So many people from Cuba are arriving in the Florida Keys that days could go by before federal officials are able to pick up migrants on the side of U.S. 1 to be processed, according to local law enforcement.
Since Friday, more than 500 Cubans arrived in the island chain. So many landed in a group of sparsely inhabited islands off Key West that the federal government was forced to close the Dry Tortugas National Park on Sunday.
The situation is frustrating local officials. Monroe County Sheriff Rick Ramsay issued a statement Monday calling the scenes playing out on the sides of the Keys’ only major highway a “federal failure” that is “creating a humanitarian crisis.”
“This shows a lack of a working plan by the federal government to deal with a mass migration issue that was foreseeable,” Ramsay said.
The Border Patrol did not immediately respond to requests for comment about the ongoing situation. It released a statement on Twitter Monday afternoon acknowledging that its “agents have responded to a high volume of migrant landings in the Florida Keys.”
The agency also thanked other law enforcement agencies that have been impacted by the increased landings.
Two groups of migrants — one with 19 people, the other with 12 — stood in the sun on the side of U.S. 1 in the Middle Keys island of Duck Key on Monday morning. By noon, they said they had been standing there waiting to be picked up by U.S. Border Patrol agents since arriving in two rustic vessels at 2:30 a.m.
Members of the groups told the Miami Herald that they began planning their trek about two months ago. Members of one group said they built their vessel, consisting of welded-together fuel drums, in a wooded area away from the eyes of the Cuban government.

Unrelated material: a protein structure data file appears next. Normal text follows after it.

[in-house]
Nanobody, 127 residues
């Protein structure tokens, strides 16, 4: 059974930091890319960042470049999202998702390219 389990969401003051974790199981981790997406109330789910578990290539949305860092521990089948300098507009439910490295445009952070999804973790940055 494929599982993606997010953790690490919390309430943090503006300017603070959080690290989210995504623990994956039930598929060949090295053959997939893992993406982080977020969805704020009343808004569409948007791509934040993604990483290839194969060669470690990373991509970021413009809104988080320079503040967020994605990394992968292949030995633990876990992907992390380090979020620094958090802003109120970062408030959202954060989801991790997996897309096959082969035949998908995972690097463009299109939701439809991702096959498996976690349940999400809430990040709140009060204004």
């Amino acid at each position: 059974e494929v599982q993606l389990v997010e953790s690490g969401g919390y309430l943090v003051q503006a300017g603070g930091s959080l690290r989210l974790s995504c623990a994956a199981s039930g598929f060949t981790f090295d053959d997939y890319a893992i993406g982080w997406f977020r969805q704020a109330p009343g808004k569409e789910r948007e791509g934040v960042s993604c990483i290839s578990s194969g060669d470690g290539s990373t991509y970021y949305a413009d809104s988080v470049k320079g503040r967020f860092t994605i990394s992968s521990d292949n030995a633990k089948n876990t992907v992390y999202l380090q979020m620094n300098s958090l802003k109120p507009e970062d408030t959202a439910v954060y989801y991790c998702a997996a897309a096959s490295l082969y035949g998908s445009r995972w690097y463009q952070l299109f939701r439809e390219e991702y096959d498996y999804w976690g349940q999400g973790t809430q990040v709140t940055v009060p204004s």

The de facto leader of the groups, 22-year-old Jorge Yunier Cepa Sanchez, stood beside the mangroves wearing a compass around his neck that he used to navigate the dangerous journey from Matanzas, Cuba. He said they set off early Jan. 1.
“When we left, it was easier, but as we got closer, it got rough,” he said.
Two U.S. Customs and Border Protect agents arrived in a small van around 12:30 p.m. to take some of the people to be processed in West Palm Beach, they said. The last of the migrants were picked up by Border Patrol agents in a larger bus around 3:15 p.m.
In the hours before federal officials came to collect the migrants, plenty of locals stopped by, dropping off food, water and sodas. Others honked their car horns as they drove past in support of the recent arrivals.
Emily Barrera, 18, and her mother, Julia Naranjo, 43, have helped several groups of migrants since the mass arrivals began days earlier. On Monday, they dropped off two cases of soda.
“I feel bad for them, so we just decided to help them,” Barrera said. “Saturday, we helped some from Key Colony Beach. Then in Layton, Key Largo and Sombrero Beach.”
Joel Martinez, 48, lives on Long Key, but he too came to the U.S. on a migrant boat 15 years ago. That’s why he also brought supplies to the groups who arrived Monday.
“I came to the country by the water just like those guys did. That’s why I’m helping them,” he said.
Farther down the road in the city of Marathon is Sombrero Beach. It’s one of the few true sandy beaches in the Keys.
On Monday, it was crowded with sunbathers and people swimming in the shallow water.
Donna Goebel, from Ohio, sat at the water’s edge while her schnauzer Atticus waded in the ocean. Behind the woolly, wet dog, a wooden Cuban migrant boat was anchored.
The vessel arrived a few weeks ago. It’s one of dozens of abandoned migrant boats left up and down the Keys since the mass exodus from Cuba began about two years ago. The government spray-painted “Do Not Touch” on its hull.
As Goebel watched Atticus play in the water, she lamented the desperation the migrants must feel that they’re willing to risk their lives by taking to the seas on such unseaworthy boats.
“I don’t know why as Americans we’re not doing things to hasten the legal process,” Goebel said. “Like what’s happening here and on the border is anathema to what the states are about. I think it does not speak to who we are as a country.”
This story was originally published January 2, 2023 12:21 PM.